Psychiatric aides and psychiatric technicians are part of direct care workforces in psychiatric inpatient units. They experience high rates of violence, but, compared to other members of treatment teams—including physicians, nurses, and social workers—they receive low wages. This commentary on a case considers the nature and scope of the ethical obligations of clinicians of higher social status (eg, physicians and nurses) and organizations to workers whose safety is at risk for little compensation.
After high school graduation, HH hopes someday to go to college and become a health professional. For now, HH takes care of their mother, as they have for the last 3 years, and takes a 40-hour course to become a psychiatric aide. HH now works full time in an inpatient psychiatry unit, earning just above minimum wage during an overnight 8-hour shift in which they monitor a patient, who is involuntarily committed.
HH’s patient is ZZ, who is 58 years old and has a history of bipolar I disorder. ZZ’s symptoms were well controlled with risperidone and lamotrigine until a right rotator cuff repair surgery 5 days ago. Since then, ZZ has been demonstrating acute psychosis and hyperverbalism (inability to stop talking). Dr P’s and nurses’ efforts to redirect, interrupt, or calm ZZ have not succeeded, and ZZ’s agitation has now increased to aggression toward anyone who tries to administer medication.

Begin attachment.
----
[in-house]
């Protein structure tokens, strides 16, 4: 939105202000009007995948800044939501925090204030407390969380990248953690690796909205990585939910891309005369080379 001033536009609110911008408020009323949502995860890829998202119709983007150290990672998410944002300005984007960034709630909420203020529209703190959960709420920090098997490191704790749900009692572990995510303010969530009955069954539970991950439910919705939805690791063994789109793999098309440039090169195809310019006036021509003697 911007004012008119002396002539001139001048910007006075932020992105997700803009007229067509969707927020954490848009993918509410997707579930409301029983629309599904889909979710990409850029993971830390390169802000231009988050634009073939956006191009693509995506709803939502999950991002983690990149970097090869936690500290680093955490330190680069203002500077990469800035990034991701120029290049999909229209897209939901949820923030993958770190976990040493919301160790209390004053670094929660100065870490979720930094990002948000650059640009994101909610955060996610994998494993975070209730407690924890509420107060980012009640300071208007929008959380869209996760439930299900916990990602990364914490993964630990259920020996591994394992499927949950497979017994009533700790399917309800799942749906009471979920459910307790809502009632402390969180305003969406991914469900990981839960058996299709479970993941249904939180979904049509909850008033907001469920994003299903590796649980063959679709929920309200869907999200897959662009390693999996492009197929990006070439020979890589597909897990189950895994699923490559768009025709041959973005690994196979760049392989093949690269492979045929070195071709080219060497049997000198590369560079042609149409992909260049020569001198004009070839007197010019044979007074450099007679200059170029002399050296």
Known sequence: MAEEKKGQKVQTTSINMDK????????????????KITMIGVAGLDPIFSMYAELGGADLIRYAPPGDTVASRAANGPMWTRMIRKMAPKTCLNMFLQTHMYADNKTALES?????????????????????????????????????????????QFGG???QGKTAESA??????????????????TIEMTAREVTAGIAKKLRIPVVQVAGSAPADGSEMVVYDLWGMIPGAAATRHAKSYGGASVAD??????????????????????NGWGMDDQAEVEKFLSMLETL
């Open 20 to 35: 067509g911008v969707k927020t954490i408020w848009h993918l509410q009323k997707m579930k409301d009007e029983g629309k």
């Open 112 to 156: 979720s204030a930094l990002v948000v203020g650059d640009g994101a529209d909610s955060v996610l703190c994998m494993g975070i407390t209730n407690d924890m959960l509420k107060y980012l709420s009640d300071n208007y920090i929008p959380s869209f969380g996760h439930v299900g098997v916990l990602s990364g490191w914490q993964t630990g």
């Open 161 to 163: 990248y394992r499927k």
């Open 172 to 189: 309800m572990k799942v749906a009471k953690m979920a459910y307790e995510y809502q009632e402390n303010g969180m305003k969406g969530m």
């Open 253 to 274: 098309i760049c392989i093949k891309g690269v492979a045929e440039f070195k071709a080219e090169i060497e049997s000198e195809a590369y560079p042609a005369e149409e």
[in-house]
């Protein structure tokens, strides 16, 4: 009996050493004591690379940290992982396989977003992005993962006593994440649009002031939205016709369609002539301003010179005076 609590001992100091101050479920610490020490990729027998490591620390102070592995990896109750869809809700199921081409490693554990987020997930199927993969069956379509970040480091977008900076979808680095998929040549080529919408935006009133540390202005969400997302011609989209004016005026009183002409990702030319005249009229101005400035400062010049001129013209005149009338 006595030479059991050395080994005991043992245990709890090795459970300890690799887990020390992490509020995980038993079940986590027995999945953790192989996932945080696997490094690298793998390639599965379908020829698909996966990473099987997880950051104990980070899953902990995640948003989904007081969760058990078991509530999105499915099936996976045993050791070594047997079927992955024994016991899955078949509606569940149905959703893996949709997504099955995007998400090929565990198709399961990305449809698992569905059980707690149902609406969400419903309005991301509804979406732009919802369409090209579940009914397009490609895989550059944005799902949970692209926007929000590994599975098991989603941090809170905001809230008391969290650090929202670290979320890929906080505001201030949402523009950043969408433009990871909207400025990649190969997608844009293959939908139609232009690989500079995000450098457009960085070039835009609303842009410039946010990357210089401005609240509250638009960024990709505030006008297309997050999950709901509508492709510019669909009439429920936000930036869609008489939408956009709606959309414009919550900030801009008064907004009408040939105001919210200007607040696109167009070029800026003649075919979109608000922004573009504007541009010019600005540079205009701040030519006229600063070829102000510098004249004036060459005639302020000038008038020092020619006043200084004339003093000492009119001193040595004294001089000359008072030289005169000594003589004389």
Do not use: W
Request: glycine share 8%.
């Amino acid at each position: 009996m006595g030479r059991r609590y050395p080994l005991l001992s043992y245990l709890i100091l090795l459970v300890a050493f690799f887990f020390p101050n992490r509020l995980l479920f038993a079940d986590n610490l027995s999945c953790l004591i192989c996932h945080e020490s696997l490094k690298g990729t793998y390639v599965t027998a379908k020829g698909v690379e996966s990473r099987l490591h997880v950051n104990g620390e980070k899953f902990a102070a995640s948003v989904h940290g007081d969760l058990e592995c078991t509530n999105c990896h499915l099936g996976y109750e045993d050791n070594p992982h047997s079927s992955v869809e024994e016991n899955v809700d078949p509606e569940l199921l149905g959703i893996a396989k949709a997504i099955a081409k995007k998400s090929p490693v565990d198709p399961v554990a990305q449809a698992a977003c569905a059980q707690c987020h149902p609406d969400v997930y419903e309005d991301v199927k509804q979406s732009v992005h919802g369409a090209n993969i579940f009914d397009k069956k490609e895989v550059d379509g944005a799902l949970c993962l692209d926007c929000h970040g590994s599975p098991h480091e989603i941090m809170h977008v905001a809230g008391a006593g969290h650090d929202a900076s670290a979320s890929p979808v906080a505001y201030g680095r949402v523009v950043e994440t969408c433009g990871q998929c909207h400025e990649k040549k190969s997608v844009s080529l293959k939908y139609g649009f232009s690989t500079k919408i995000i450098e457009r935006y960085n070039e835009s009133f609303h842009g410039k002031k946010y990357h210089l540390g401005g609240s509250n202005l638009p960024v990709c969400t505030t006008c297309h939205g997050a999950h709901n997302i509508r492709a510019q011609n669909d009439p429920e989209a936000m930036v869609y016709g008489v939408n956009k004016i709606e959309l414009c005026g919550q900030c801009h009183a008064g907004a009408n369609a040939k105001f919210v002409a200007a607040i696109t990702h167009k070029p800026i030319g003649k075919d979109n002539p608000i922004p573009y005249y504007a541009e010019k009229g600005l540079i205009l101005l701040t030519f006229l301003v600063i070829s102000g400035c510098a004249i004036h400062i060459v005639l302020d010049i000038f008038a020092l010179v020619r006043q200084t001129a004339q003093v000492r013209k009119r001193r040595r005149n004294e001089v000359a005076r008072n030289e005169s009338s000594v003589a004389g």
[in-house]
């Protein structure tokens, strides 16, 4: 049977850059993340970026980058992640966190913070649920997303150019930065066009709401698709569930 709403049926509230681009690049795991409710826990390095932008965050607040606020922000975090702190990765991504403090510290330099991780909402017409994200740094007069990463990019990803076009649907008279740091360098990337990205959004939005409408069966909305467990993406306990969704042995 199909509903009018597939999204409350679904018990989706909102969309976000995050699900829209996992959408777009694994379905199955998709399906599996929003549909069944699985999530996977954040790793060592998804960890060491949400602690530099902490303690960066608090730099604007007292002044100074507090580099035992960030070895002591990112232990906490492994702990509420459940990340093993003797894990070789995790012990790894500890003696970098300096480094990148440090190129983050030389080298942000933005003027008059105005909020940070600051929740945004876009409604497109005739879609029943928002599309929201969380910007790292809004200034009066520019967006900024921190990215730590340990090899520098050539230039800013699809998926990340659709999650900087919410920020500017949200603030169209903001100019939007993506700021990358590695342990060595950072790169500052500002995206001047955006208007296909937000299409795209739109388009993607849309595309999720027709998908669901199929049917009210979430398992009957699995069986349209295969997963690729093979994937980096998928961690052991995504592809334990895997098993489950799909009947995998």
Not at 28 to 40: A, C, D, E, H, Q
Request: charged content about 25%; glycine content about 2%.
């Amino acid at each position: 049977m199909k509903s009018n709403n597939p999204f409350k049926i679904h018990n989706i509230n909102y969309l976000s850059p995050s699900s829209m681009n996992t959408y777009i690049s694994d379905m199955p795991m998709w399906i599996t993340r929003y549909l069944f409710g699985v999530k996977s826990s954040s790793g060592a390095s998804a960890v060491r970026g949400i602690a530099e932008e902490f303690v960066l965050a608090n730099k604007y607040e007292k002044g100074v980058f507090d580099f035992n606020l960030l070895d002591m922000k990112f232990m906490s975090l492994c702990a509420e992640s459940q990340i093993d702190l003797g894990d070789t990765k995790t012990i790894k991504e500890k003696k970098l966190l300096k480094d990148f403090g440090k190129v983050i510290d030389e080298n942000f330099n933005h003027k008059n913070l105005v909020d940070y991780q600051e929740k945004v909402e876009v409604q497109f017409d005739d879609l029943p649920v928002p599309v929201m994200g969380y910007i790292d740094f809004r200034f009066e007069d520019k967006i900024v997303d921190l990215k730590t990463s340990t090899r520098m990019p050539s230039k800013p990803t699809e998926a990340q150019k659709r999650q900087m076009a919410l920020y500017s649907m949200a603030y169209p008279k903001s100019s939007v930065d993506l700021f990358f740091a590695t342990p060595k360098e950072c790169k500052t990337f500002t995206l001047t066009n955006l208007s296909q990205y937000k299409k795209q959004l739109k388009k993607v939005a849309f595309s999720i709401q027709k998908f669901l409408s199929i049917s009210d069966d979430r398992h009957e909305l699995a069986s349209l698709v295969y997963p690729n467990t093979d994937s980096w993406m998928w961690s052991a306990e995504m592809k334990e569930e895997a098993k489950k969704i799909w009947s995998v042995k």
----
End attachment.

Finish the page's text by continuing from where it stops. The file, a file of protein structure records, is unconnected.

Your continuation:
None of the psychiatric aides wants to monitor ZZ, whose hyperverbalism is exhausting and whose aggression, when not well controlled, is unpredictable and generally feared. HH is assigned to monitor ZZ for the third night in a row. Last night was particularly stressful, as ZZ asked HH to help her use the bathroom and then pressed HH to a wall before others intervened.
In the morning, during rounds, ZZ points to a bruise on her right shoulder and shouts, “That dyke man-handled me!” Dr P, the lead psychiatrist, asks HH about the incident. Dr P looks to HH and says, “Don’t worry, we know nothing happened.”
“Nothing happened to ZZ,” HH thought, recalling yesterday when a fellow overnight psychiatric aide stated to Dr P during morning rounds that a patient had threatened her overnight. HH observed that Dr P ignored her, so HH decided not to say anything this morning about being pressed to a wall.